My research falls into two general areas, the history and philosophy of science, and the historiography of philosophy.
History and Philosophy and Science
My work concerns the interactions between traditional metaphysical ideas and the seventeenth-century mechanical philosophy. While the mechanical philosophy displaced many assumptions about the natural world, many traditional views about subjects including causation, creation, and substance, remained in place, albeit being transformed to fit the new intellectual circumstances.
I explore this philosophical transition through the works of G.W. Leibniz. I specifically focus on his formulation of the concept of the immaterial soul, which he refers to on a number of occasions throughout his mature period as a “spiritual” or “incorporeal” automaton. In my view, this formulation combines a traditional understanding of an immaterial, self-moving soul with that of a self-moving machine or automaton, itself an important conceptual tool for mechanical natural philosophers. In my dissertation, The Soul as Spiritual Automaton in Leibniz’s Synthetic Natural Philosophy, I situated Leibniz’s adoption of the idea of the “spiritual automaton” in the context of the seventeenth-century philosophy of nature and showed how helped Leibniz construct a vision of the natural world superior — in his view — to alternative conceptions including those found in Descartes, Hobbes, Spinoza, Cudworth, and occasionalists such as Pierre Bayle.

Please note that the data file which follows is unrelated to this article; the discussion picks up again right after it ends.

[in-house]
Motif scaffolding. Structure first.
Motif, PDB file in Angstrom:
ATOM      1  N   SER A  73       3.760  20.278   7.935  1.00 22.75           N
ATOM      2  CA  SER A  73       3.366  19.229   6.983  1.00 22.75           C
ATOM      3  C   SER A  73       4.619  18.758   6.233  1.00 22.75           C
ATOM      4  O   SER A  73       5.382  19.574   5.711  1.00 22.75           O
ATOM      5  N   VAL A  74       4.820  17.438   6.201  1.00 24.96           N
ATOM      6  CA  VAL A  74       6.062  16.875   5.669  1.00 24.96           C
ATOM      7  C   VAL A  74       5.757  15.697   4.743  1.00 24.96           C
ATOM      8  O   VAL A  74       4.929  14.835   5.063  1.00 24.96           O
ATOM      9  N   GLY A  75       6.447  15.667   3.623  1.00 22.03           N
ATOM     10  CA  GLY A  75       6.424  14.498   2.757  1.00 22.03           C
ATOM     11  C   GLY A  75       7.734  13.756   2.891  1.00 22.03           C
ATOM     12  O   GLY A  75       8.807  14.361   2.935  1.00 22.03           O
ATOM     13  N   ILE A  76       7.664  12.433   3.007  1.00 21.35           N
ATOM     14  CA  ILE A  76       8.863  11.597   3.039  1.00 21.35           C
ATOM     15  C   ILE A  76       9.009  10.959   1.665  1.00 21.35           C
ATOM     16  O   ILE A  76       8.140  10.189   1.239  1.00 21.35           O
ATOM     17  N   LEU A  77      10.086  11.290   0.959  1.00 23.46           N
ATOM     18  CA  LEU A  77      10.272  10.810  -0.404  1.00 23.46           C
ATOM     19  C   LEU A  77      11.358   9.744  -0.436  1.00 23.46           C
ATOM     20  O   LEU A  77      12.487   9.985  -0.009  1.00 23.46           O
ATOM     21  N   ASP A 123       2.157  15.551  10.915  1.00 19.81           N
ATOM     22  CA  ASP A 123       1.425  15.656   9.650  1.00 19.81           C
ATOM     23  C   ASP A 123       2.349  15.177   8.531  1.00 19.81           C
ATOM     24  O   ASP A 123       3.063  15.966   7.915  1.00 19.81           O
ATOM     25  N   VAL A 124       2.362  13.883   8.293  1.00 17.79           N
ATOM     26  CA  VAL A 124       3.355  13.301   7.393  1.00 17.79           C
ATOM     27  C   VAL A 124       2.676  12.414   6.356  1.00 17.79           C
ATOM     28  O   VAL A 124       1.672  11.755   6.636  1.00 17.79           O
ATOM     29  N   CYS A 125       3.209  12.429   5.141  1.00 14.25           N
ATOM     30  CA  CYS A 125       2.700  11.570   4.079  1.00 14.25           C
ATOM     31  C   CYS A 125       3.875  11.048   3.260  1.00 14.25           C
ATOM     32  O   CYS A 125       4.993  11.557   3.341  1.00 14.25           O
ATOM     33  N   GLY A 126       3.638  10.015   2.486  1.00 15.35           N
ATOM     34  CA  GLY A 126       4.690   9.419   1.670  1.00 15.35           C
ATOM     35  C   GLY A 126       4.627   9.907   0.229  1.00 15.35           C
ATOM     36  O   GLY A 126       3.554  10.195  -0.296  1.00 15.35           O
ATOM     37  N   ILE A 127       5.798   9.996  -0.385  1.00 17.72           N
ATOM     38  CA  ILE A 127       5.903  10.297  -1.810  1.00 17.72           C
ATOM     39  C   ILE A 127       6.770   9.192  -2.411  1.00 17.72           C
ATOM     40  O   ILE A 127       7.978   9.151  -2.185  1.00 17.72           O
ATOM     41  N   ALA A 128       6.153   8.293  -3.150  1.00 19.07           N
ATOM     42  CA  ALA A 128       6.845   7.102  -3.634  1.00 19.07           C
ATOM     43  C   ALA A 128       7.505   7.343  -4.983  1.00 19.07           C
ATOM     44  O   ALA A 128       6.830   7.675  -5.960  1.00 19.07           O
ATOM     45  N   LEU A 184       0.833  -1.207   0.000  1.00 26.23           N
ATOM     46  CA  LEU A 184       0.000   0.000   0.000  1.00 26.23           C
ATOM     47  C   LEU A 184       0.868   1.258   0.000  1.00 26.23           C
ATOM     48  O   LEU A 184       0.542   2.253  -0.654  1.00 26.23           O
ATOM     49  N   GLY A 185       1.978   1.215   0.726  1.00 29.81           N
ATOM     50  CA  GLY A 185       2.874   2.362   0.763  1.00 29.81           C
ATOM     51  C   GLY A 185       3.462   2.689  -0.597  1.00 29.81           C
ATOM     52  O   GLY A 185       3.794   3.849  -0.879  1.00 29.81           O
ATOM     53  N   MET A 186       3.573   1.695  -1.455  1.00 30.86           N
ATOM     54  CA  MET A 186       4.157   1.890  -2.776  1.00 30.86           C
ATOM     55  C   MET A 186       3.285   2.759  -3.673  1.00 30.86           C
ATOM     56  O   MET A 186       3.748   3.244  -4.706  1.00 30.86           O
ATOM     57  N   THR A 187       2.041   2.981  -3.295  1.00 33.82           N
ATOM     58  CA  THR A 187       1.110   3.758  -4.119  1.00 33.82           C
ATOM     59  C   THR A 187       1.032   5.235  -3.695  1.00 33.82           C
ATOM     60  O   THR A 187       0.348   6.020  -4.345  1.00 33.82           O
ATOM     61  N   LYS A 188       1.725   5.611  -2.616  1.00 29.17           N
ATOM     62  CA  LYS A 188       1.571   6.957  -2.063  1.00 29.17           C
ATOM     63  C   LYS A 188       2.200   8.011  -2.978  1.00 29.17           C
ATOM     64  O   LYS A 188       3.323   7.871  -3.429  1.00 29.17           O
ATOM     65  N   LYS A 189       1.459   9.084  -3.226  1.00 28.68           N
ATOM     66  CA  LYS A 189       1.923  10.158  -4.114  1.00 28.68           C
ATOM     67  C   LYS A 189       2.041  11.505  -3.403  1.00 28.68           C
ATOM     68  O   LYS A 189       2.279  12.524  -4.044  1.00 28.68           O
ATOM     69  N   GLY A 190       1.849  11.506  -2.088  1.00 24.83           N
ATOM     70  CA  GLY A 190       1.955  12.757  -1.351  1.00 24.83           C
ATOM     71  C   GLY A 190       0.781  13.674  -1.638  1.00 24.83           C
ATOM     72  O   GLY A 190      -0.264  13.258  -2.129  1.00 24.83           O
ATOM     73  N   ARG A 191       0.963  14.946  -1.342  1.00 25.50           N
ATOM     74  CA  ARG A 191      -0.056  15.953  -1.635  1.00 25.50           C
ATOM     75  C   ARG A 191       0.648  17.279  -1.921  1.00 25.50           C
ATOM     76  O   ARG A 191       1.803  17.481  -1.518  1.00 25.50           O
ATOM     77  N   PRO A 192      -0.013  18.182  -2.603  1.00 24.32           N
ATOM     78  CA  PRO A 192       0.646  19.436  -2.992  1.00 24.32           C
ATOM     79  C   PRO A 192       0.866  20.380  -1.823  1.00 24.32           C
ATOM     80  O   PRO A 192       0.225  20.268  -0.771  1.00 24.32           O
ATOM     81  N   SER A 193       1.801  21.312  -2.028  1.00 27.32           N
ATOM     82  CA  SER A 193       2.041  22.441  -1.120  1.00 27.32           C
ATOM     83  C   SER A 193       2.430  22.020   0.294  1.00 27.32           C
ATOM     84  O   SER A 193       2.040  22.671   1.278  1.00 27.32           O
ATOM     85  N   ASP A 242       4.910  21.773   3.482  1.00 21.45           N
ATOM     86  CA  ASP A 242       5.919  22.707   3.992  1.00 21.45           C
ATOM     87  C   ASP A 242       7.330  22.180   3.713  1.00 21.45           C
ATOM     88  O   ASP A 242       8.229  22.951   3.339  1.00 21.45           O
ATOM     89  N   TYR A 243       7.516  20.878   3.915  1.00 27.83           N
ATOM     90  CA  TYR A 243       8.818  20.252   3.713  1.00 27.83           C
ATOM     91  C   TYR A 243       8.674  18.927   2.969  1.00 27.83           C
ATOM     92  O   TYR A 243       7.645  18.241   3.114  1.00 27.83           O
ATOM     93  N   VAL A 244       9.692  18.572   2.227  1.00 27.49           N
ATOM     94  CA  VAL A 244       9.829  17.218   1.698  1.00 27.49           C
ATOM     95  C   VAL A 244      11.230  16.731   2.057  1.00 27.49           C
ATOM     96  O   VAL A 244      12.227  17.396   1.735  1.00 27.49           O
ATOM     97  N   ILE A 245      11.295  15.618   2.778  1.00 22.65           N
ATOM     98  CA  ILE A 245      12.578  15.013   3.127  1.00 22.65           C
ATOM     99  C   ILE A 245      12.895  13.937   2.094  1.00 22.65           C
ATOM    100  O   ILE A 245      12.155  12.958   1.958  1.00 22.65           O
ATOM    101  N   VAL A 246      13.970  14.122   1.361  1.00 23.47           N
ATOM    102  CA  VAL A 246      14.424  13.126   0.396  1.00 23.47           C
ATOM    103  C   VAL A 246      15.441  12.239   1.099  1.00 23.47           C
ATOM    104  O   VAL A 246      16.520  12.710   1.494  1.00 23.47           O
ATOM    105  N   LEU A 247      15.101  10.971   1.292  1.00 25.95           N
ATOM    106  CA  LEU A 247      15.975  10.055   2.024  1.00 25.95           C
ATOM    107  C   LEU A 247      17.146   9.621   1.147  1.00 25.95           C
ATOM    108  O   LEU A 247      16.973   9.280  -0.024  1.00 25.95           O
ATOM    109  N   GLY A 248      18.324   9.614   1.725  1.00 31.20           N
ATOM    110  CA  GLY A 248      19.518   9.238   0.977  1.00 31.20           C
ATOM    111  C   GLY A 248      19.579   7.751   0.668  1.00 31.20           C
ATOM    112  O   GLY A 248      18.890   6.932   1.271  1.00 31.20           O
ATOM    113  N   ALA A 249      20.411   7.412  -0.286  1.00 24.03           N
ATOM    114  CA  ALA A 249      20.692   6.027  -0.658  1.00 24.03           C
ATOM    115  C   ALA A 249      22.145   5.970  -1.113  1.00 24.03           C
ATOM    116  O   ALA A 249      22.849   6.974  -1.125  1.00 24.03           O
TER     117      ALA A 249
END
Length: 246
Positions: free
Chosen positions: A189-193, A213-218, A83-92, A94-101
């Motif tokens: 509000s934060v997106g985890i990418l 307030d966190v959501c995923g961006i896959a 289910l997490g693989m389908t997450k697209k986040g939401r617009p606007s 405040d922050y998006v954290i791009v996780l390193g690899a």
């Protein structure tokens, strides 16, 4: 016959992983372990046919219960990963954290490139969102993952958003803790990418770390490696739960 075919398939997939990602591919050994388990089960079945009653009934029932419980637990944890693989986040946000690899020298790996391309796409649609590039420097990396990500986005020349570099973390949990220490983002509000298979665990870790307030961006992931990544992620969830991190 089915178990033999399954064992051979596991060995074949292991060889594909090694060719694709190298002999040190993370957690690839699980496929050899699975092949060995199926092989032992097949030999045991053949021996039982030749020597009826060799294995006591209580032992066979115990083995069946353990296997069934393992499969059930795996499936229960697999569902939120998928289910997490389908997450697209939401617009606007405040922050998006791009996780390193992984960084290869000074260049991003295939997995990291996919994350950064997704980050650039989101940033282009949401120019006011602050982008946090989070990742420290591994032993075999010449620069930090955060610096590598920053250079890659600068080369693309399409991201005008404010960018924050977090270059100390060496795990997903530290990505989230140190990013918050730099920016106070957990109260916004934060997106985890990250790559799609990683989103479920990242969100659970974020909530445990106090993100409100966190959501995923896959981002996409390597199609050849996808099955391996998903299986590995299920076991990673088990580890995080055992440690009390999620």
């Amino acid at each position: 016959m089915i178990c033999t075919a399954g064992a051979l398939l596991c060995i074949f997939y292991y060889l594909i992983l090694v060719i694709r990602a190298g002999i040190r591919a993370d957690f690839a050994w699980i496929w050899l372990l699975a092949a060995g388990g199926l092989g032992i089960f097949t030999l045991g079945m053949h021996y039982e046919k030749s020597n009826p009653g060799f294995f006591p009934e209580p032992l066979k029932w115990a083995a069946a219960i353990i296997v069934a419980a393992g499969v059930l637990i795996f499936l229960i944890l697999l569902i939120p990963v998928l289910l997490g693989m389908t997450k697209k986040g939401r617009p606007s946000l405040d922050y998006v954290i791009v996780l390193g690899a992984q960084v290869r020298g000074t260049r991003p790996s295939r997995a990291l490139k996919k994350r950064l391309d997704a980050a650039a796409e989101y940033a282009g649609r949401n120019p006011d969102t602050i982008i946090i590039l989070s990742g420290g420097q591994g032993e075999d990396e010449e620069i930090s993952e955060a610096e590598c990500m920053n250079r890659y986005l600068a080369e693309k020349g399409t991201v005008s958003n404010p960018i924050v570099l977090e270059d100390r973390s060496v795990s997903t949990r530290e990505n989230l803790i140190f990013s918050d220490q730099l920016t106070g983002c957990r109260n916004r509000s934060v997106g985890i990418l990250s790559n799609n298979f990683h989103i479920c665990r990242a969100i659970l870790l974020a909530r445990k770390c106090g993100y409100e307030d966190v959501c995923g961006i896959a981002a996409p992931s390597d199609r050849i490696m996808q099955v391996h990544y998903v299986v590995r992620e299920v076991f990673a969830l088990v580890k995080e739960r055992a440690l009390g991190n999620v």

My recent publications, “On Analogies in Leibniz’s Philosophy: Scientific Discovery and the Case of the Spiritual Automaton”, and “Self-Moving Machines and the Soul: Leibniz contra Spinoza on the Spiritual Automaton,” develop themes from the dissertation. I am also currently developing a book manuscript which further traces the way philosophers thought of the soul in terms of a self-moving machine or automaton in the seventeenth and eighteenth centuries. In this book, I examine how the concept of the spiritual automaton also plays a role in recent French philosophy, notably within Gilles Deleuze’s machinic philosophy of nature.
The Historiography of Philosophy
In studying the historiography of philosophy, I am interested in how the views of historical figures regard the relationship between their ideas and how the history of philosophy shape their philosophical projects. Using Leibniz as an example, it is important to recognize that he did not view his philosophy as making a break with the prior history of philosophy. Instead, he explicitly sought to integrate ideas from the philosophical past into his philosophy. We therefore risk misunderstanding his thinking if we do not notice the way that he perceives his own views as expressing older concepts and commitments.
I am interested in developing a global perspective on philosophical history that both includes intellectual traditions from outside of Europe and recognizes the historical significance of the cross-cultural interaction of ideas. I am beginning to work on a book project entitled Leibniz’s Library: Leibniz as a Reader of the Global History of Philosophy. In the book, I argue that in approaching Leibniz’s philosophy, we need to take into account its specific mode of relation to the history of philosophy. Insofar as Leibniz seeks to “condemn nothing and profit from what is good everywhere,” we need to read his philosophical system as bringing together the best insights from philosophical sources across multiple times, places, and philosophical schools.